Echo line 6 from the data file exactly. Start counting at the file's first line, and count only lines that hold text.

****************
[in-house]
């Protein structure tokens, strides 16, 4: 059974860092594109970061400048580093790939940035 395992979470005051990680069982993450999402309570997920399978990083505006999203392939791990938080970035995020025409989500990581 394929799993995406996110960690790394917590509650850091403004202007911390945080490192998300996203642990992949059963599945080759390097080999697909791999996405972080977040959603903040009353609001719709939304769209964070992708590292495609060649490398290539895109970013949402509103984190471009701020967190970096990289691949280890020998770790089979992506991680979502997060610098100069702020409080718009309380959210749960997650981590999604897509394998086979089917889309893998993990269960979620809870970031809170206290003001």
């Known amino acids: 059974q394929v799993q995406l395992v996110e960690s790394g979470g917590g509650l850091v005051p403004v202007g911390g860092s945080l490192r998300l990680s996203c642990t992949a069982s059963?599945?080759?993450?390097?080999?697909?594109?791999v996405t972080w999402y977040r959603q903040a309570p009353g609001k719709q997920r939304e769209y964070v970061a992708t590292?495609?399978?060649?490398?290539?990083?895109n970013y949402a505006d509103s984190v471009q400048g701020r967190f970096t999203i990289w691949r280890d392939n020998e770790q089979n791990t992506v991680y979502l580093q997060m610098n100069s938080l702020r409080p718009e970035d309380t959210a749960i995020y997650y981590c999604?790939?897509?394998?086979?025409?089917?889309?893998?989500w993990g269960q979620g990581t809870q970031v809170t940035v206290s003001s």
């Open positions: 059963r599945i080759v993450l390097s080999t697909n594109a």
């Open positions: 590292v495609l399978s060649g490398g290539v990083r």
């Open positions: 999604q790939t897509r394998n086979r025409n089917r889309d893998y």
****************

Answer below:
């Open positions: 999604q790939t897509r394998n086979r025409n089917r889309d893998y």